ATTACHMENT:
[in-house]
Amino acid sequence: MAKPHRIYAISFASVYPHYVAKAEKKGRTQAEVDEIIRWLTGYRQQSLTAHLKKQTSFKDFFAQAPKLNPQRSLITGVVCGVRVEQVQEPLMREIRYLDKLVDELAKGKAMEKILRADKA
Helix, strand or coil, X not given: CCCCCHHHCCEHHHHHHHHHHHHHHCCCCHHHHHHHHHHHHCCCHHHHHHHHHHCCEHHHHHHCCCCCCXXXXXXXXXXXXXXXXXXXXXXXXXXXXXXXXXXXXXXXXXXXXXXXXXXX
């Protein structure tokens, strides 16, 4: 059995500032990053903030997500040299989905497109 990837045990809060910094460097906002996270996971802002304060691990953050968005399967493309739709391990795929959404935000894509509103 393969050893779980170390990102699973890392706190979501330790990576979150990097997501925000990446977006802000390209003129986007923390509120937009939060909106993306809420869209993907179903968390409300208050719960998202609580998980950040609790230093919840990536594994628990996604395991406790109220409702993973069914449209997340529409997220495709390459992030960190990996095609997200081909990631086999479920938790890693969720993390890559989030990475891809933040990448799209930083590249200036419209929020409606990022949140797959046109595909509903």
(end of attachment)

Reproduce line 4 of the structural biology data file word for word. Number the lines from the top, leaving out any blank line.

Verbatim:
């Protein structure tokens, strides 16, 4: 059995500032990053903030997500040299989905497109 990837045990809060910094460097906002996270996971802002304060691990953050968005399967493309739709391990795929959404935000894509509103 393969050893779980170390990102699973890392706190979501330790990576979150990097997501925000990446977006802000390209003129986007923390509120937009939060909106993306809420869209993907179903968390409300208050719960998202609580998980950040609790230093919840990536594994628990996604395991406790109220409702993973069914449209997340529409997220495709390459992030960190990996095609997200081909990631086999479920938790890693969720993390890559989030990475891809933040990448799209930083590249200036419209929020409606990022949140797959046109595909509903």